The data on right-to-carry laws are inconclusive.  Those in favor of concealed carry laws often point to a series of books by John Lott, including the 1998 book titled More Guns, Less Crime: Understanding Crime and Gun Control Laws (the third edition was published in 2010).  His books argue that crime rates go down when states pass concealed carry laws.  Lott’s explanation is that criminals are deterred from violence for fear of being shot by a legally armed citizen.  Consequently, the more gun owners in a community, the less violent crime in that community.  Not surprisingly, his books have been criticized by gun control advocates for a variety of reasons including using a limited sample, ignoring important variables, and ignoring data from other samples with contrary findings.  Later editions of the book have sought to address these criticisms.  However, in a 2004 review of the literature on gun violence, which included Lott’s data (found here), Wellford and colleagues conclude that “with the current evidence it is not possible to determine that there is a causal link between the passage of right-to-carry laws and crime rates” (p. 150).  Likewise, they argue that “additional analysis along the lines of the current literature is unlikely to yield results that will persuasively demonstrate a causal link between right-to-carry laws and crime rates” (p. 151) and they call for different types of research on this question.

By Ryan C. Martin

Anger on the Internet: What’s a Rant-Site?


You don’t have to look too hard to find anger on the internet.  Whether through weblogs, social networking websites, or online discussion forums, people use the Internet to express their anger on a variety of topics. Online news sources routinely allow for public comments, often providing a venue for reader anger. Likewise, there are entire websites, called rant-sites, dedicated to allowing people to vent online  and a series of studies I and three other authors presented at the 2011 Annual Convention of the American Psychological Association Annual Convention explored the use of these websites, including what people get out of expressing their anger in such a way.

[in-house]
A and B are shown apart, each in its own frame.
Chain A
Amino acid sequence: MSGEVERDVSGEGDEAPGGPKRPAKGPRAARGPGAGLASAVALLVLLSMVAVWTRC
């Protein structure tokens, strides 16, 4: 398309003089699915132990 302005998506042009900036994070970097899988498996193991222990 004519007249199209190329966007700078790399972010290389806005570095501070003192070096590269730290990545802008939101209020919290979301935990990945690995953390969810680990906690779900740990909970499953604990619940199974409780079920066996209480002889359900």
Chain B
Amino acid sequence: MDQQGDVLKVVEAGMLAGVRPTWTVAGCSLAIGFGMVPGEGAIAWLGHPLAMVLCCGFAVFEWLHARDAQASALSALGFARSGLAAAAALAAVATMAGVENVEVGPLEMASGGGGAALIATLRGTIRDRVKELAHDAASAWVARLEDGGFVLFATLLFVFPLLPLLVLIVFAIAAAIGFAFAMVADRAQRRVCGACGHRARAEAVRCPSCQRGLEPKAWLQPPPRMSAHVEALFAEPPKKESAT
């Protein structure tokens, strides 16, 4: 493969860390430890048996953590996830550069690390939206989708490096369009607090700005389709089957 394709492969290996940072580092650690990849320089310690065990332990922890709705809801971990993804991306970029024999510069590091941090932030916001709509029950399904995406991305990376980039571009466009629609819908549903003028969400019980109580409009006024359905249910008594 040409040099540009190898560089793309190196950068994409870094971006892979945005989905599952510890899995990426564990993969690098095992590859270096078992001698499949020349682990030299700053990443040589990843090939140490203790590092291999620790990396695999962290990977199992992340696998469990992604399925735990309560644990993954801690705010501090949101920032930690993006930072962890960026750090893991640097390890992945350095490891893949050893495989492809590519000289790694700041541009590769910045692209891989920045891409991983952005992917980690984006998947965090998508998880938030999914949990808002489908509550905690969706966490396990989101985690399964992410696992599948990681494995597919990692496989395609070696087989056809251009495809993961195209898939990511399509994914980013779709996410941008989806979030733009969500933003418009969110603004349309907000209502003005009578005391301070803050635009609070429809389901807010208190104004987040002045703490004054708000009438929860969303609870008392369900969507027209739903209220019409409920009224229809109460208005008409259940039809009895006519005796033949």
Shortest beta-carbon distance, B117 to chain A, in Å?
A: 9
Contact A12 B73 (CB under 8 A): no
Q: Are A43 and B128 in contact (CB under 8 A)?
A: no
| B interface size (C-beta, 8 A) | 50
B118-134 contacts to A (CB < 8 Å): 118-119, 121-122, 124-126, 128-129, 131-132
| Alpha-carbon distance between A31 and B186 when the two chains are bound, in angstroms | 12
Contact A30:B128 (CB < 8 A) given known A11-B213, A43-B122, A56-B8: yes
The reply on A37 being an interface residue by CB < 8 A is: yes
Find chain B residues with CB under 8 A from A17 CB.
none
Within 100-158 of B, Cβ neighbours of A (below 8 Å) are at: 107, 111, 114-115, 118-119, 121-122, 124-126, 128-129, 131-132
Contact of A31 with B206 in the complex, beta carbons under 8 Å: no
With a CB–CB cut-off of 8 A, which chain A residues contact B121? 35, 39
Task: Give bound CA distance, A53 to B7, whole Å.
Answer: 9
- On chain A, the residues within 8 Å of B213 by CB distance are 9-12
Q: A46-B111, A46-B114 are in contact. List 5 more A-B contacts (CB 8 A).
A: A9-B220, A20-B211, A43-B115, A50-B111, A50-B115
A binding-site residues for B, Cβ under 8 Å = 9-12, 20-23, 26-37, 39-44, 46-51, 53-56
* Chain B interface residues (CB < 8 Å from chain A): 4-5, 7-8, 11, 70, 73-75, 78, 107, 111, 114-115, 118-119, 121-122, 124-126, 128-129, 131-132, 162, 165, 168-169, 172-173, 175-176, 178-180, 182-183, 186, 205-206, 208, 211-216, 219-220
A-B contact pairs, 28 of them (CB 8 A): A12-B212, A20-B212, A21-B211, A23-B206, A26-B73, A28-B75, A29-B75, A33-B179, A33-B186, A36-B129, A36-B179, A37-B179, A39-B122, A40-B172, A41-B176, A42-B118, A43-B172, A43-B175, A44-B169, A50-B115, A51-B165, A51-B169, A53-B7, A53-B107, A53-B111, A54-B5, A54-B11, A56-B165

Rant-sites are exactly what they sound like.  They are websites designed for people to rant or vent about any topic they choose.  For an example of one of the most popular rant-sites, go to  Be warned, however, that such websites are not for the faint of heart.  Much of what you read there is offensive and some of it seems to qualify as hate-speech.  Though Just Rage has a policy against racism and hate speech, that policy doesn’t appear to be well enforced.